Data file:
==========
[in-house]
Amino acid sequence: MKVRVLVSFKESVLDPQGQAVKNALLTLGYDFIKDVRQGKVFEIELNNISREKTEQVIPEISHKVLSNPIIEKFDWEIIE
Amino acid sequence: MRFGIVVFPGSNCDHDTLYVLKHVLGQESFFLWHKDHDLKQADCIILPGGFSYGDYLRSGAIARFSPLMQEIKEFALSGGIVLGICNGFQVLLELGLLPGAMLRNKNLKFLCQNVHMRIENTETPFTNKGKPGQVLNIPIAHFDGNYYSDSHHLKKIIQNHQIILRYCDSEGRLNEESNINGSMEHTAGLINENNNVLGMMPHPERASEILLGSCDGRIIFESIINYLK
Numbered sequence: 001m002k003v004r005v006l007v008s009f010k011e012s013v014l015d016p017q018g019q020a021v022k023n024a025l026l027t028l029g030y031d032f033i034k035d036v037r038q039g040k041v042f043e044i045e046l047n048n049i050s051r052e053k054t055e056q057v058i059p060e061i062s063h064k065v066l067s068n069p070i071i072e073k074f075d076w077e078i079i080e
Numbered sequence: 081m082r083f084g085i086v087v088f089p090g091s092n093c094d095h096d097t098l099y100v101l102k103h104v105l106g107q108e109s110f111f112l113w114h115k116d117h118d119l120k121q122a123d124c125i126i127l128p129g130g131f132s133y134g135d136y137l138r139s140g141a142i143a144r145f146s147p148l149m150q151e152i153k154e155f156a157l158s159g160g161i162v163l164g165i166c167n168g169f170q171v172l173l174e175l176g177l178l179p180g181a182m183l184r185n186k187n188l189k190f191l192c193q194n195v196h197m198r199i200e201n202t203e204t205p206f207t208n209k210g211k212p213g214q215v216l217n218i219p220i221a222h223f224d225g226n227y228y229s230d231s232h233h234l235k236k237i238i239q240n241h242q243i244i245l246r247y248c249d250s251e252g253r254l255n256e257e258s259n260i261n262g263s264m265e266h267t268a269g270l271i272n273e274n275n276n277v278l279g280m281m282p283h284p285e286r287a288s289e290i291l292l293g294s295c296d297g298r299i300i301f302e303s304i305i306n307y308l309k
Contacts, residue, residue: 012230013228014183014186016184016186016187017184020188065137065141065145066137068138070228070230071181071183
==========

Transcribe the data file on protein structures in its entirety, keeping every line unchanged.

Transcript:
[in-house]
Amino acid sequence: MKVRVLVSFKESVLDPQGQAVKNALLTLGYDFIKDVRQGKVFEIELNNISREKTEQVIPEISHKVLSNPIIEKFDWEIIE
Amino acid sequence: MRFGIVVFPGSNCDHDTLYVLKHVLGQESFFLWHKDHDLKQADCIILPGGFSYGDYLRSGAIARFSPLMQEIKEFALSGGIVLGICNGFQVLLELGLLPGAMLRNKNLKFLCQNVHMRIENTETPFTNKGKPGQVLNIPIAHFDGNYYSDSHHLKKIIQNHQIILRYCDSEGRLNEESNINGSMEHTAGLINENNNVLGMMPHPERASEILLGSCDGRIIFESIINYLK
Numbered sequence: 001m002k003v004r005v006l007v008s009f010k011e012s013v014l015d016p017q018g019q020a021v022k023n024a025l026l027t028l029g030y031d032f033i034k035d036v037r038q039g040k041v042f043e044i045e046l047n048n049i050s051r052e053k054t055e056q057v058i059p060e061i062s063h064k065v066l067s068n069p070i071i072e073k074f075d076w077e078i079i080e
Numbered sequence: 081m082r083f084g085i086v087v088f089p090g091s092n093c094d095h096d097t098l099y100v101l102k103h104v105l106g107q108e109s110f111f112l113w114h115k116d117h118d119l120k121q122a123d124c125i126i127l128p129g130g131f132s133y134g135d136y137l138r139s140g141a142i143a144r145f146s147p148l149m150q151e152i153k154e155f156a157l158s159g160g161i162v163l164g165i166c167n168g169f170q171v172l173l174e175l176g177l178l179p180g181a182m183l184r185n186k187n188l189k190f191l192c193q194n195v196h197m198r199i200e201n202t203e204t205p206f207t208n209k210g211k212p213g214q215v216l217n218i219p220i221a222h223f224d225g226n227y228y229s230d231s232h233h234l235k236k237i238i239q240n241h242q243i244i245l246r247y248c249d250s251e252g253r254l255n256e257e258s259n260i261n262g263s264m265e266h267t268a269g270l271i272n273e274n275n276n277v278l279g280m281m282p283h284p285e286r287a288s289e290i291l292l293g294s295c296d297g298r299i300i301f302e303s304i305i306n307y308l309k
Contacts, residue, residue: 012230013228014183014186016184016186016187017184020188065137065141065145066137068138070228070230071181071183